This book, "Pourquoi Mozart ?- Why Mozart?" which has had little impact in the English world,3 echoes the endless questions of his 100,000 patients worldwide. He answers them as all children have always done and will always do: "Paree que"--because ... that is the way it is!" In other words, his choice was Mozart because where all other composers fail, he alone succeeds.

The author goes to great pains through 70 pages of endless epithets and exclamation points to tell us that Mozart was a precocious genius who had already enjoyed a broad intra-uterine life of music, and had no real problems with the world. Thus, he brings us back to the state of pure innocence, which was the state of his soul, childlike, spontaneous, worriless and free from human burdens. Because his music was the language by which he could best express himself, he had to secrete it through and through. He was, moreover, the only composer ever to know he was the best in the world, having traveled extensively to all the courts of Europe as a child prodigy.

But, on a more profound "note," Doctor Mozart explains that man is an antenna, a ceaseless receptor of the waves and rhythms in the universe.

"Through our body, we resonate to the natural rhythms of the Cosmos, captured by the nervous system. Ideally, the biological and neuro-physiological rhythms are attuned to and in balance with the cosmic rhythms that are beyond human auditory perception. There are musical rhythms that are felt as if they are blocking the rhythms of the body that are preventing them from beating at their own pace, and thus interfere with human automatisms and endanger the processes of creativity."4

So ideally, we need someone who acts as "a revealer" and can awaken the fundamental rhythms existing in each of us. In this case, the rhythm of the music and the rhythms of the body coincide. Music is not felt as imposed upon us. Cardiac and respiratory rhythms are freed. Movements are in harmony with the totality of the deeper rhythms. There is therefore a spontaneous consent that can only be induced by a music that is equally "free," a music that does not try to impose its own rhythms to the detriment of the vital rhythms of human beings.

"Mozart is the only one I know who reached that level or, more exactly, who never left it....He knew how to put man in musical resonance with the universe. This is the Mozart miracle. He knew how to adapt the eternal rhythms to our neurons. So, if the music of Mozart awakens in ourselves the musician, it is because it puts the rhythms of the cosmos and the rhythms of the body-instrument in resonance, in tune, so we can start to experience what Plato described as the music of the spheres or the music of Heaven. His genius is to make us aware of that universal harmony which is already in us in a latent stage."5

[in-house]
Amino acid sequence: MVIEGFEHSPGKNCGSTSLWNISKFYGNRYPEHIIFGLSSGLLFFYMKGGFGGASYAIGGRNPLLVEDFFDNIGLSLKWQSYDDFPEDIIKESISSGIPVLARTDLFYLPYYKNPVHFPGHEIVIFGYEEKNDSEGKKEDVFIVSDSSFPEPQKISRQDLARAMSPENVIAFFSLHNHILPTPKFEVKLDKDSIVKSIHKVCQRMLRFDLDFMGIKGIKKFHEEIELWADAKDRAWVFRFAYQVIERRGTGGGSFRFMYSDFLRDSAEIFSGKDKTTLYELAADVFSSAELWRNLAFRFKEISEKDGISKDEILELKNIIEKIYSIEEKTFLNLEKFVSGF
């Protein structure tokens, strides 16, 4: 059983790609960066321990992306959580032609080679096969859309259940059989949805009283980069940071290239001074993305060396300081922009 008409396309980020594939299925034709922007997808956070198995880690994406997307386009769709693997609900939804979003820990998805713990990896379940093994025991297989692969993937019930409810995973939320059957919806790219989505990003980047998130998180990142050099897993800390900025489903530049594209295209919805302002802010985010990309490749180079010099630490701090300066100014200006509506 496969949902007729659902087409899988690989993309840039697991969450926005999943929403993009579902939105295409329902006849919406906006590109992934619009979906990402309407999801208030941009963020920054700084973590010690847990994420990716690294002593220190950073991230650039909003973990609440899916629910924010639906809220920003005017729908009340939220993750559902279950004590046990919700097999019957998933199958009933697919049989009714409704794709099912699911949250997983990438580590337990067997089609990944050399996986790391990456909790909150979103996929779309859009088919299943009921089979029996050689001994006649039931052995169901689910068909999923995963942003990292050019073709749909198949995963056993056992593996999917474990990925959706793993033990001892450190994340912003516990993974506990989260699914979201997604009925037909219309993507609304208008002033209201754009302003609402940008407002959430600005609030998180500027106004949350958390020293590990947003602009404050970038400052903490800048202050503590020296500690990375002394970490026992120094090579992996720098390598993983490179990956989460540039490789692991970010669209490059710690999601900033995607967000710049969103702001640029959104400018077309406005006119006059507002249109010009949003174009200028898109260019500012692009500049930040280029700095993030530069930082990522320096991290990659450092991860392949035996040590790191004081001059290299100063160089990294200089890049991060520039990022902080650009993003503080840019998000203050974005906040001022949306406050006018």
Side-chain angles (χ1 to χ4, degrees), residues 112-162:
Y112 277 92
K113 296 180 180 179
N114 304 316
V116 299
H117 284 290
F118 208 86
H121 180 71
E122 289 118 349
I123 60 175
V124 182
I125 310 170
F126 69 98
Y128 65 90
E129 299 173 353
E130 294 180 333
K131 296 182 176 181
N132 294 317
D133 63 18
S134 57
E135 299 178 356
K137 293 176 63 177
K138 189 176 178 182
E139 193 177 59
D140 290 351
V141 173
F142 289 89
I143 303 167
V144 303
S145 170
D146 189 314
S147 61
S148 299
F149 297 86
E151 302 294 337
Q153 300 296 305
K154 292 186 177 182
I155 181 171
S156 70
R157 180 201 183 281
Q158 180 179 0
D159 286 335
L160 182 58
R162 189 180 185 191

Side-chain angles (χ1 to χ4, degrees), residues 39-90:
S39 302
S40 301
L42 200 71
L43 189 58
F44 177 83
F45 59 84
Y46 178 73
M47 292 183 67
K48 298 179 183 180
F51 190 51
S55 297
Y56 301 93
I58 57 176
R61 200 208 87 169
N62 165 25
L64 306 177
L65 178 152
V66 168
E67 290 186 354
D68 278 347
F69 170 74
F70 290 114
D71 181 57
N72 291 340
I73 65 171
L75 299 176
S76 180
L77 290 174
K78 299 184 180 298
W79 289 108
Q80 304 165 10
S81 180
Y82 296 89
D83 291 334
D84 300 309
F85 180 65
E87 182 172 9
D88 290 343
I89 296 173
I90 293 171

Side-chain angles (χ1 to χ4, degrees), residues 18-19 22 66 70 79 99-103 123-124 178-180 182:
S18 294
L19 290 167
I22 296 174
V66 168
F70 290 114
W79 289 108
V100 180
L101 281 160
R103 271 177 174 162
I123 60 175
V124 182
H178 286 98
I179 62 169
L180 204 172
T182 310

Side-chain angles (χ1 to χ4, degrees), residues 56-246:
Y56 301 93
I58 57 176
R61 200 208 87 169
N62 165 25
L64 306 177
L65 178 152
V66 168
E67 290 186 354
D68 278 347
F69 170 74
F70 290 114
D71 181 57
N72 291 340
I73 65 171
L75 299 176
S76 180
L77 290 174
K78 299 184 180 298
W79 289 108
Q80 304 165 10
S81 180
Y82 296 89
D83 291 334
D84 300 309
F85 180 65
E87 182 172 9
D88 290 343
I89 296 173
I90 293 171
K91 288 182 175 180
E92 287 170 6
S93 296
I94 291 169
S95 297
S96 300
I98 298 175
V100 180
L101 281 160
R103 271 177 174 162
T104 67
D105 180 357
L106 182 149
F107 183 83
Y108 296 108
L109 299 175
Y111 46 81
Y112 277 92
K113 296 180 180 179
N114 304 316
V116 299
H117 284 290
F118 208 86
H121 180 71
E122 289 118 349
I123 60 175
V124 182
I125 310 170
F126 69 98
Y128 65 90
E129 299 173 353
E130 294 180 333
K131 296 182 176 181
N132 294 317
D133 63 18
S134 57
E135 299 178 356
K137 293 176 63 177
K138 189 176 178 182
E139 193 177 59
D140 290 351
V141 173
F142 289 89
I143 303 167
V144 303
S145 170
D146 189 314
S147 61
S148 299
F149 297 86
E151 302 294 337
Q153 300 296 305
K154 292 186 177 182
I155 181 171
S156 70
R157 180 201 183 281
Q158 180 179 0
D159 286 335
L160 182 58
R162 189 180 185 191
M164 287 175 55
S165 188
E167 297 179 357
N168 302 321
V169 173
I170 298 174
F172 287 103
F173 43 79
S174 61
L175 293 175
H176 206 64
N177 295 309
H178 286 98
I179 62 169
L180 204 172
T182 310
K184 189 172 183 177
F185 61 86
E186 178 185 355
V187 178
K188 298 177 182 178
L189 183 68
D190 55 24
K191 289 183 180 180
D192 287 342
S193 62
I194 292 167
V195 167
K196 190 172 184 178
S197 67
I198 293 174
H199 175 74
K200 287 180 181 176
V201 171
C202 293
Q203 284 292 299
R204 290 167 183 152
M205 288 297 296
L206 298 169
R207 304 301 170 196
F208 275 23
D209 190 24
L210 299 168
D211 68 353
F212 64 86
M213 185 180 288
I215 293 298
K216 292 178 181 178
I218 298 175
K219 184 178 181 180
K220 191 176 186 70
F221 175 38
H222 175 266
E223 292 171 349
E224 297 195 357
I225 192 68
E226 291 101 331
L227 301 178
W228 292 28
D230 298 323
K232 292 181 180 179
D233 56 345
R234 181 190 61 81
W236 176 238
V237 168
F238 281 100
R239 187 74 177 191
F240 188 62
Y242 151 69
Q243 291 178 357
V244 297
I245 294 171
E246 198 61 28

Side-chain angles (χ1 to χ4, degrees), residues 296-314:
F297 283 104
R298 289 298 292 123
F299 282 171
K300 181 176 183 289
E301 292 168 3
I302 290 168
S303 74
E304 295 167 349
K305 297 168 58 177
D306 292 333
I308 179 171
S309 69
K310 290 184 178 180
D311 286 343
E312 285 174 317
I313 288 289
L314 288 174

Tomatis is alert to the questions of other composers. His choice proceeds by elimination. We shall only follow him with two of the most likely and likable composers.

"Beethoven requires that we know already how to listen. Beethoven is for the music lover. Mozart allows the listener to pass from hearing to listening. Mozart leads the listener to discover music....In this sense, he transforms him into a musician, that is, someone who is able to perceive, to discover music, including the music underlying any linguistic structure. Mozart's music invites the non-initiate to enter into an unknown sphere. It encourages the nervous system to integrate the music. In short, the listener's ears are opened to listening and are enabled to discriminate frequencies."6

"Bach is a born composer who shapes all the elements brought by his inspiration in a quasi-mathematical form. Mozart escapes the rigidity of any dogmatic structure. He allows the inspiration to flow through him in its purest form. He is always a child that benefits of what he finds and perceives. He translates everything that goes through him and integrates it into a unique language. He won't have to learn, like Bach, the rules of composition. He behaves like a child who does not care for grammar before he starts to talk. Bach provides us with a fantastic ladder to reach the heights; Mozart is literally parachuted from above. The work of Bach is the perfect model of a composition built by a human being. It is very difficult to hope for better music in terms of the architectural construction of the sonic cathedrals that he designed. He carried on this task with an extraordinary diligence and stubbornness, knowing how to shape the music to a point of perfection. Moza! rt, on the other hand, is totally different."7